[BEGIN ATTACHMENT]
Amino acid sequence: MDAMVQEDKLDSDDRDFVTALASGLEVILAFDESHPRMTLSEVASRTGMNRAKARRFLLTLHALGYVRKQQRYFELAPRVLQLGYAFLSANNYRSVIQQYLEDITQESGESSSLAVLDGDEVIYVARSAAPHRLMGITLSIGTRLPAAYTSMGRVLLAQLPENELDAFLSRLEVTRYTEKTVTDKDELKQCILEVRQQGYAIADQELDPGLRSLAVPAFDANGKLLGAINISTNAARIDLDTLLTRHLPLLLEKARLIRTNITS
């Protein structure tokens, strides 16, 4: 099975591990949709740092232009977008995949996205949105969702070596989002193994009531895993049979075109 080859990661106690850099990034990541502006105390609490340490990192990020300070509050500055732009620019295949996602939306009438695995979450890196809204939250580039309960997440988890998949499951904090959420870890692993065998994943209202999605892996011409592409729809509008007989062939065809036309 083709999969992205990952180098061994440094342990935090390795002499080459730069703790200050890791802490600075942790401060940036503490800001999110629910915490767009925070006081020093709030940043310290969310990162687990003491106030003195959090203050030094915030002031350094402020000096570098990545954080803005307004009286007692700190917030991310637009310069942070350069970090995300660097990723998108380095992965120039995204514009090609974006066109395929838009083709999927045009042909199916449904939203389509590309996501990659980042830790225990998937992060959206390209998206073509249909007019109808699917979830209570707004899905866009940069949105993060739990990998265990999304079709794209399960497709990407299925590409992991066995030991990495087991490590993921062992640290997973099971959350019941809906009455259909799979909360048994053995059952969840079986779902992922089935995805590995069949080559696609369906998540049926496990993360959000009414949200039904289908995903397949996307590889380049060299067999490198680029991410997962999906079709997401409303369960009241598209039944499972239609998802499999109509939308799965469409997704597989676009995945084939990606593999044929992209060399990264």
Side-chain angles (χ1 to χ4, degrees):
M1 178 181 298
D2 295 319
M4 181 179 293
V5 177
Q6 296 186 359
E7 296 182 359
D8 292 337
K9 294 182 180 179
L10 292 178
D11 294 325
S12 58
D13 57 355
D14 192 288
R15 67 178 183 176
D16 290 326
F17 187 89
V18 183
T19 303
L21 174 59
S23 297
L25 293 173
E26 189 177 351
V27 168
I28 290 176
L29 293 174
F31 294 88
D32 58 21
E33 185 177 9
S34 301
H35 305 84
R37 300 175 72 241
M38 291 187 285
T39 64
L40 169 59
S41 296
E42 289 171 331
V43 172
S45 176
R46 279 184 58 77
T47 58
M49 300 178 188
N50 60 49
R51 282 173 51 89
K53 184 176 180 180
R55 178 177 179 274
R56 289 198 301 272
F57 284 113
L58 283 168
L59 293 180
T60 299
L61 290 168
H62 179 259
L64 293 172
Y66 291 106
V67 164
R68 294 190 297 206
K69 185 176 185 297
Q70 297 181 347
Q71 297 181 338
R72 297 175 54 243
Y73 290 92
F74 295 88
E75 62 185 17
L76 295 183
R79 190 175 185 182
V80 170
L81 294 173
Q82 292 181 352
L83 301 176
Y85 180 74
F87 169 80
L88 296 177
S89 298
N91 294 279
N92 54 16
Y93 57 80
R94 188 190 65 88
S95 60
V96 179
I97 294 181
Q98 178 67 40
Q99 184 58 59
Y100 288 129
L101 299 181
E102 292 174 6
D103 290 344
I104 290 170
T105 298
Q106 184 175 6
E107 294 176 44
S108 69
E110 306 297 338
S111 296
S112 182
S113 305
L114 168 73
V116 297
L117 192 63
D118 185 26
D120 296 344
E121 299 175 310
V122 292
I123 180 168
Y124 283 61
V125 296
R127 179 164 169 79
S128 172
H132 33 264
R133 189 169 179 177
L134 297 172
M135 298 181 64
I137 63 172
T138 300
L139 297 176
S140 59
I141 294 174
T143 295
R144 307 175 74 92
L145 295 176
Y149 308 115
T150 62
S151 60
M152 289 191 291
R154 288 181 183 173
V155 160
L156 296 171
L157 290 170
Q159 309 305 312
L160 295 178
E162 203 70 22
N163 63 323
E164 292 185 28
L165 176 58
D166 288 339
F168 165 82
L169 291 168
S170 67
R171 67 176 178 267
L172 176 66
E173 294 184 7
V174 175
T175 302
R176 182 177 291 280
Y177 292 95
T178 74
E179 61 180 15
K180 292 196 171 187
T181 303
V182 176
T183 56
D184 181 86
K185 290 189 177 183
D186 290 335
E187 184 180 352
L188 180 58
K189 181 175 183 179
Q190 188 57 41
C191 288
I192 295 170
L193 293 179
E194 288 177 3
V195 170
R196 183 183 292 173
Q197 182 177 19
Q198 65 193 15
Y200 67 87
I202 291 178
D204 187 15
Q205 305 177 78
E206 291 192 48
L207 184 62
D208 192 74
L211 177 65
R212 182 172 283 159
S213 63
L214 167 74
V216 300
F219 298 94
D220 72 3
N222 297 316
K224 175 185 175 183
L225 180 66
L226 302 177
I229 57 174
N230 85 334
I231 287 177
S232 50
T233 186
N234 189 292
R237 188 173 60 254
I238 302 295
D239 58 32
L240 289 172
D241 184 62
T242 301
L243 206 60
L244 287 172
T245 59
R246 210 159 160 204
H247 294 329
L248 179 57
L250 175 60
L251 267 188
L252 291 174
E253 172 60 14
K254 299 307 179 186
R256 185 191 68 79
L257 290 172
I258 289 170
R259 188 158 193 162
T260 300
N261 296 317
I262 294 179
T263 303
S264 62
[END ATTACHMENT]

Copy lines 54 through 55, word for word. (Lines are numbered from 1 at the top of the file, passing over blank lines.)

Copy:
L61 290 168
H62 179 259